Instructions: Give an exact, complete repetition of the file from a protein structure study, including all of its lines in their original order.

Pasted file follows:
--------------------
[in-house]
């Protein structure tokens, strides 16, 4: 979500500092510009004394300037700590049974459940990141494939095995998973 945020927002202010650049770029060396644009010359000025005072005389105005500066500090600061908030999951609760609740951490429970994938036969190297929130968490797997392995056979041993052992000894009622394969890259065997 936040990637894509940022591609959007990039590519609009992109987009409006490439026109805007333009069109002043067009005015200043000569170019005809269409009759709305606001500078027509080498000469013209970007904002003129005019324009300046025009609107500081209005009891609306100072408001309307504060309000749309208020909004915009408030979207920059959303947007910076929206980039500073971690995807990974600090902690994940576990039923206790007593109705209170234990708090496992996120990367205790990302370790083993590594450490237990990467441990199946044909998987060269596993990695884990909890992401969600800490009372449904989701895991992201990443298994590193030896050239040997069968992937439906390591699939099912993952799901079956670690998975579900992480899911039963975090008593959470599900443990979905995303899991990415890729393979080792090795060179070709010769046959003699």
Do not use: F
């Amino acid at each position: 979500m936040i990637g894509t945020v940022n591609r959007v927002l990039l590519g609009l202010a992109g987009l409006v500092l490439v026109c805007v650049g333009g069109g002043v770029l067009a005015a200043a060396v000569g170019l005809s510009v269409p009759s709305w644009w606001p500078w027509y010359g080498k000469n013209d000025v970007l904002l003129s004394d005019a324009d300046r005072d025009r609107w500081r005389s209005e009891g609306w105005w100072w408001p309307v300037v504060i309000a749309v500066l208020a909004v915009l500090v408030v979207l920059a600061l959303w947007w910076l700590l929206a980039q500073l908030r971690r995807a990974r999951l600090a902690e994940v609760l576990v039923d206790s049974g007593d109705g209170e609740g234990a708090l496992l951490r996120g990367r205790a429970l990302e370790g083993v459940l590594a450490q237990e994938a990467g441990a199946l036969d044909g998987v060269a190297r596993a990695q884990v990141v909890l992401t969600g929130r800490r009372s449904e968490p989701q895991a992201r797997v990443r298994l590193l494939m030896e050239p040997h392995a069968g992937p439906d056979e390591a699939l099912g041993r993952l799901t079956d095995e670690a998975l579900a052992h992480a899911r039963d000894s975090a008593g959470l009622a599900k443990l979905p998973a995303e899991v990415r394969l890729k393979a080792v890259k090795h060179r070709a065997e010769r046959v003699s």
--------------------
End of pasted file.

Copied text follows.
[in-house]
């Protein structure tokens, strides 16, 4: 979500500092510009004394300037700590049974459940990141494939095995998973 945020927002202010650049770029060396644009010359000025005072005389105005500066500090600061908030999951609760609740951490429970994938036969190297929130968490797997392995056979041993052992000894009622394969890259065997 936040990637894509940022591609959007990039590519609009992109987009409006490439026109805007333009069109002043067009005015200043000569170019005809269409009759709305606001500078027509080498000469013209970007904002003129005019324009300046025009609107500081209005009891609306100072408001309307504060309000749309208020909004915009408030979207920059959303947007910076929206980039500073971690995807990974600090902690994940576990039923206790007593109705209170234990708090496992996120990367205790990302370790083993590594450490237990990467441990199946044909998987060269596993990695884990909890992401969600800490009372449904989701895991992201990443298994590193030896050239040997069968992937439906390591699939099912993952799901079956670690998975579900992480899911039963975090008593959470599900443990979905995303899991990415890729393979080792090795060179070709010769046959003699």
Do not use: F
């Amino acid at each position: 979500m936040i990637g894509t945020v940022n591609r959007v927002l990039l590519g609009l202010a992109g987009l409006v500092l490439v026109c805007v650049g333009g069109g002043v770029l067009a005015a200043a060396v000569g170019l005809s510009v269409p009759s709305w644009w606001p500078w027509y010359g080498k000469n013209d000025v970007l904002l003129s004394d005019a324009d300046r005072d025009r609107w500081r005389s209005e009891g609306w105005w100072w408001p309307v300037v504060i309000a749309v500066l208020a909004v915009l500090v408030v979207l920059a600061l959303w947007w910076l700590l929206a980039q500073l908030r971690r995807a990974r999951l600090a902690e994940v609760l576990v039923d206790s049974g007593d109705g209170e609740g234990a708090l496992l951490r996120g990367r205790a429970l990302e370790g083993v459940l590594a450490q237990e994938a990467g441990a199946l036969d044909g998987v060269a190297r596993a990695q884990v990141v909890l992401t969600g929130r800490r009372s449904e968490p989701q895991a992201r797997v990443r298994l590193l494939m030896e050239p040997h392995a069968g992937p439906d056979e390591a699939l099912g041993r993952l799901t079956d095995e670690a998975l579900a052992h992480a899911r039963d000894s975090a008593g959470l009622a599900k443990l979905p998973a995303e899991v990415r394969l890729k393979a080792v890259k090795h060179r070709a065997e010769r046959v003699s």